History of the Dumble Overdrive Special

Read the Vintage Guitar Magazine review of the Double Trouble DT50 Amplifier here

Sound clips of various Sebago Sound amps.

This text will be replaced by the flash music player.

Doug Doppler playing a 25W DT25 Overdrive Special 1x12 combo

This video requires the free Flash plugin.

Doug Doppler playing a 100W Texas Flood Steel String Singer.

This video requires the free Flash plugin.

Terry Haitt at the Fox Theatre with his 80's voiced Double Trouble Amp.

This video requires the free Flash plugin.

Sebago Sound dealer Gelb Music's Kevin and guitarist Tony Baker demonstrating the Sebago Double Trouble Amp.

This video requires the free Flash plugin.

Gary Pihl, guitarist with Boston, Sammy Hagar, and Alliance with his Double Trouble amp.

This video requires the free Flash plugin.

Gelb Music's Cold Feet - Terry and Kevin both playing Double Trouble 80's voiced amps

This video requires the free Flash plugin.

A little background on the Overdrive Special, and which configuration is right for me?

It’s hard to describe the characteristics of the various Sebago amps without exploring a little history regarding all Dumble Overdrive Special amplifiers, so here is a attempt to put some words to the tonal magic:  No two Overdrive Specials were ever built exactly the same, but the basic circuit topology is what gives the Dumble amps their special qualities, and all Overdrive Special amps share this basic topology.  The very open and uncompressed feel, overdrive without fuzz, warm sustaining cleans, and of course that saxophone -like midrange and sing that these amps are famous for all come from the cascaded four gain stage preamp and unique Dumble "tone stack".  The power amp (Phase Inverter and power tubes) do have some variations, but most are a direct copy of the early Bassman (50W) and Twin (100W) style 6L6 power amps.

The major differences in Dumble circuits can be grouped by the decades in which they appeared.  While not a strictly linear progression, it helps simplify the lineage to group the configurations as “70’s”, “80’s” and “90’s”.   The early amps built throughout the 1970’s show the most variations as the circuit was quickly evolved and enhanced.  The 70’s amps are characterized by their slightly lower gain overdrive resulting in a more “raw” overdriven tone, and not quite as much of that classic Dumble lower midrange frequency content.  The 70’s clean channel is very much like a “fat” Fender Blackface Twin, very warm with that classic 6L6 sparkle but much rounder and fatter by comparison.  Players that made this generation of amps famous include Lowell George, David Lindley (primarily playing slide guitar with Jackson Browne), and Carlos Santana.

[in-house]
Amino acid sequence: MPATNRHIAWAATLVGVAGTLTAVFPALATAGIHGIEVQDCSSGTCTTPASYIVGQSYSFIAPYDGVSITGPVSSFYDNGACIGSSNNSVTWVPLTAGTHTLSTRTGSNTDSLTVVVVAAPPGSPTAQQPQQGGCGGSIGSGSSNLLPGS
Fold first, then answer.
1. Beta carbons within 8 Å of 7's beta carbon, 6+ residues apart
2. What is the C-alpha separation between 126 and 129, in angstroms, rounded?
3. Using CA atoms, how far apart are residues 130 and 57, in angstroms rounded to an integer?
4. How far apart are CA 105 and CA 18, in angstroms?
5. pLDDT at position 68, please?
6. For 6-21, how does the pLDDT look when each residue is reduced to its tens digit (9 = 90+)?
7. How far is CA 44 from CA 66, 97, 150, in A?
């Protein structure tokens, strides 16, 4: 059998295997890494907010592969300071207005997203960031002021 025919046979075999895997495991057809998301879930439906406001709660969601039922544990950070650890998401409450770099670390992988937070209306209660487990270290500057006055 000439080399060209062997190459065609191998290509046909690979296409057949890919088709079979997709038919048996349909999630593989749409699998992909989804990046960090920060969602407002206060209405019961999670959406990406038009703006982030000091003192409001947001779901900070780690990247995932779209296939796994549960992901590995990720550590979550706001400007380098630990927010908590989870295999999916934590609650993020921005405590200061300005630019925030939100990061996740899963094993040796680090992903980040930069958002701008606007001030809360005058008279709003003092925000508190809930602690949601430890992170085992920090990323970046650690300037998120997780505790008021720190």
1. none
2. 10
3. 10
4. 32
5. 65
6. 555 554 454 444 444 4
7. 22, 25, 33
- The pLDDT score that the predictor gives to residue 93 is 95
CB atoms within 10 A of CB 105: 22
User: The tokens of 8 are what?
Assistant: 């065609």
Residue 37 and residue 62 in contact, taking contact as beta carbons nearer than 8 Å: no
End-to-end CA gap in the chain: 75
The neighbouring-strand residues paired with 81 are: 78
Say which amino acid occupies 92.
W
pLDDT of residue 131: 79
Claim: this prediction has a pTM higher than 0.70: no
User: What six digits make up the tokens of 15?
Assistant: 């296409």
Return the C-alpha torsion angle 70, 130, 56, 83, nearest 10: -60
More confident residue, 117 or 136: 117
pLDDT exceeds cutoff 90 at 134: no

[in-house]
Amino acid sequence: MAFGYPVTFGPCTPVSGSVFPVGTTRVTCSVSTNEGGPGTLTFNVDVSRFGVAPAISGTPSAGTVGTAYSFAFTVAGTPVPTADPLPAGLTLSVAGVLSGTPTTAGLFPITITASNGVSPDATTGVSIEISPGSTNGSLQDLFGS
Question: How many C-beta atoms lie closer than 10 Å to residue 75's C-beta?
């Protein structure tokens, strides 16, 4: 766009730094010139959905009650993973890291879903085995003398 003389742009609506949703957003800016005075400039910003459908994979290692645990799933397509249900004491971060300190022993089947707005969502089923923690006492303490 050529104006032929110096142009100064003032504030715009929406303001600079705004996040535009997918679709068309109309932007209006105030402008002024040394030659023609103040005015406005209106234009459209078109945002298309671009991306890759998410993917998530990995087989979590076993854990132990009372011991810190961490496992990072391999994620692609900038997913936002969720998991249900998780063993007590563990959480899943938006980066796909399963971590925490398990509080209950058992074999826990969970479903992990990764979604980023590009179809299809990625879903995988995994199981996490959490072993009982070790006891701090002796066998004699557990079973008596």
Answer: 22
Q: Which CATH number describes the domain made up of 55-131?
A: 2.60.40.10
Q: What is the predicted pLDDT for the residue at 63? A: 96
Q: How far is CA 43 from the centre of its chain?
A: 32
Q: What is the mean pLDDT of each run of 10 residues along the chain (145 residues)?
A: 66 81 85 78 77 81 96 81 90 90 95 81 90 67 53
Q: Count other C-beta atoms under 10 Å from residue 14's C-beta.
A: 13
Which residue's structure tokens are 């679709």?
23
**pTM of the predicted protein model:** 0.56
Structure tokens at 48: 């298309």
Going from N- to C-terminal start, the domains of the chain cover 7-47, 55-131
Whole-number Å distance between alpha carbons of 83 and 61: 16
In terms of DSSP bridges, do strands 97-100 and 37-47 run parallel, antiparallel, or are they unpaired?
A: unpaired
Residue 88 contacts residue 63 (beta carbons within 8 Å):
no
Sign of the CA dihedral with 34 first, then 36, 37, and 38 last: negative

Many of the 70’s amps have been upgraded and incorporate pieces of the later 80’s style circuits, mainly the “Skyliner” tone stack (more on this in a bit).  The most famous Dumble players (Robben and Larry) were using later 80’s and 90’s configurations, but if you know what you are looking for and want that raw, classic rock or “edgy country” sound, then the 70’s amps can be a good choice.  Sebago Sound has experimented with KT77 power tubes in the 70’s circuit with great results.  The KT77’s give the clean channel a bit of that Vox like slightly overdriven clean when pushed, and a nice aggressive Overdrive breakup when pushed as well.  Clips are available on the right side of the web pages.

Most of the Overdrive Special amps built in the 80’s amps are known as “non-HRM” Skyliner amps.  The “non-HRM” refers to the extra tone-stack that HRM amps have after the second OverDrive stages.  The non-HRM amps don’t have this tone stack and as a result the overdrive is bit more open and full sounding.  The Skyliner tone stack is very balanced for both the clean and overdrive channels.  There are quite a few variations on the 80’s circuit, some more appropriate for jazz/fusion playing and some more for country or blues playing.  The most popular amp is the jazz voicing, which is based on Robben’s Dumble #102 circuit.  The country/blues voicing is based on the #124 circuit, if you are following along with all the Dumble amp serial number discussions on the forums.  Both are wonderful sounding amps, the differences are fairly subtle.  The jazz voicing is a bit higher gain with some more compression on the overdrive.  Terry Hait’s amp in the videos on this site is a jazz voiced amp.

If you still have questions about which amp is right for you, please contact us and we'll be able to give you all the information that will help you choose the right amp for your playing style and to reach your tonal nirvana.